• 6 1
 Dafydd and Sian are legendary. It's not just trail centres, either. A lot of the stuff we built in the early '00s in the Surrey Hills with the permission and assistance of the FC, Hurtwood Control and National Trust was directly influenced by their work, Ian Warby's work at Firecrest MTB in Wendover and others. There are trails here that still run sweet because of the hard-won wisdom of these three when it comes to building a trail be that works with the levels of, ahem, moisture we have in the UK. If we'd built stuff to IMBA standards of the day, we'd have struggled. Dafydd's work on armouring and drainage and Ian's Performance Cues theory really helped us build or maintain stuff that still works today.
  • 4 0
 Inspiring stuff. The community aspect can easily be overlooked however it is vital to a successful and sustainable trail network.
  • 2 0
 anyone ever ride Coed Y Trallwm near Builth Wells? I read somewhere that this was one of the first 'trail centers' in wales. Last time I got told to clear off by the land owner though as they said no-one was paying the carparking fees!
  • 1 0
 I rode there around 1998 and I don't remember a car park if that helps...
  • 1 0
 @Bob-Agg: sounds like the carpark both came and went since your visit!
  • 2 0
 Looking forward to more episodes. It is satisfying to help build and repair trails so worth volunteering a little. I'll be back doing it after lockdown and will try to make it more regular. And if you can't volunteer become a member of your local organisation and help financially if you can.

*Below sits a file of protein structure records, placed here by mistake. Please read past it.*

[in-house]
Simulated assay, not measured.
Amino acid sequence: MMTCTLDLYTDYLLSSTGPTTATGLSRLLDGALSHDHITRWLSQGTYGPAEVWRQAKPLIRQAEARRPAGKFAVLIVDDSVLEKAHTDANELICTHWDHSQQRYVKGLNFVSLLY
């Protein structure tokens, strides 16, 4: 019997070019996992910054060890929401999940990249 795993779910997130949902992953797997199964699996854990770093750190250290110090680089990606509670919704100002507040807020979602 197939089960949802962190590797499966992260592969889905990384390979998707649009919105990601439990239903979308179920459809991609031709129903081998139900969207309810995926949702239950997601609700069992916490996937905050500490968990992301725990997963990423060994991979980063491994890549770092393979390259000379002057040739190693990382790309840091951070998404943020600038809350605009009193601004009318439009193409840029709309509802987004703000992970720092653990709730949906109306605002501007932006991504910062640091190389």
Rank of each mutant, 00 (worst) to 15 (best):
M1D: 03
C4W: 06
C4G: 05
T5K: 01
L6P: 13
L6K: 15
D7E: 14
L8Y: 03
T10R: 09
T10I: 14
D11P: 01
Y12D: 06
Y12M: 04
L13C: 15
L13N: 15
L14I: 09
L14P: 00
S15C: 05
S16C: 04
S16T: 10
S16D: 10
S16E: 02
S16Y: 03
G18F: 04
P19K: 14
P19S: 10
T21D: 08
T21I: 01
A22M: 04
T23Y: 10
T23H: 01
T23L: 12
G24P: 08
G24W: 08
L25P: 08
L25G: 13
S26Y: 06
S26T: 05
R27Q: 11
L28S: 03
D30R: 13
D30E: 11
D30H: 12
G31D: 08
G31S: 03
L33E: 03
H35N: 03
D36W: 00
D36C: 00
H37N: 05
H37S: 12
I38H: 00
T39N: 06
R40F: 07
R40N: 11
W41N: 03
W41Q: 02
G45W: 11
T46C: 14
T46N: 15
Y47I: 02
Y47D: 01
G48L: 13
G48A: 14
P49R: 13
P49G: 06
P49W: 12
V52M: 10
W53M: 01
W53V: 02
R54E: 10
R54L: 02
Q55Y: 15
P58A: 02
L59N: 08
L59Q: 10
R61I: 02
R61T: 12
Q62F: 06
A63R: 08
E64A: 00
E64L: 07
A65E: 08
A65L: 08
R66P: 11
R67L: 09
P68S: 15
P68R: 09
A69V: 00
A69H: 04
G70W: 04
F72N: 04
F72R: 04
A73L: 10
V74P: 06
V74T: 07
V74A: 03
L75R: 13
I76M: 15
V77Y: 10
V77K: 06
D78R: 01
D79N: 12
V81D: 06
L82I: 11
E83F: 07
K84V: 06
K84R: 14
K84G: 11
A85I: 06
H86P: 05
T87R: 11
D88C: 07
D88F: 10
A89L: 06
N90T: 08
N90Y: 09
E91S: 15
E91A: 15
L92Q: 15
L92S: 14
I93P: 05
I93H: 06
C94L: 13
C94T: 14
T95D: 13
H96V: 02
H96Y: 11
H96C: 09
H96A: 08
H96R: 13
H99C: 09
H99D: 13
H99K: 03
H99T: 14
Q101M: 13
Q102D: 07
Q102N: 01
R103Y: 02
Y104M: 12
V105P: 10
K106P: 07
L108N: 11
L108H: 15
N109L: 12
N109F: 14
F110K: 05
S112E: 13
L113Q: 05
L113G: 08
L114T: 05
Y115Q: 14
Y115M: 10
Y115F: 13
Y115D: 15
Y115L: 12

• 6 1
 'A quarter of a decade'?? Who signed that off?!
  • 1 0
 Brings back memories of riding Coed Y Brenin for the 'first' time circa 2001 after having to quit riding around '92. All of a sudden I thought 'I used to race here!'. I think racing in the UK was the first piece in the puzzle in terms of allowing mountain bikers to explore different parts of the country legally. So as well as the likes of the people in this video, big thanks to people like Adrian Walls, John Baker, Dave Mellor and Tim Bungay for example for putting on races that would create a flourishing race scene and start trail access / building discussions. I did my first trail building work at Eastridge circa 1991 I guess?! That was for a race there.
  • 1 0
 Yes trail centers have got way better, but they like to call it sustainable, some are, others not so much?
But over use of the best trails destroys them, yes maintenance helps, but takes a understanding how trails will wear out with heavy usage, too know how to make them sustainable!
Drainage is an important element of this. but trails with rain ruts & puddles were badly though out from the start?
  • 11 8
 Many trail centres have become stagnant, not investing in new trails. despite increasing the costs to park.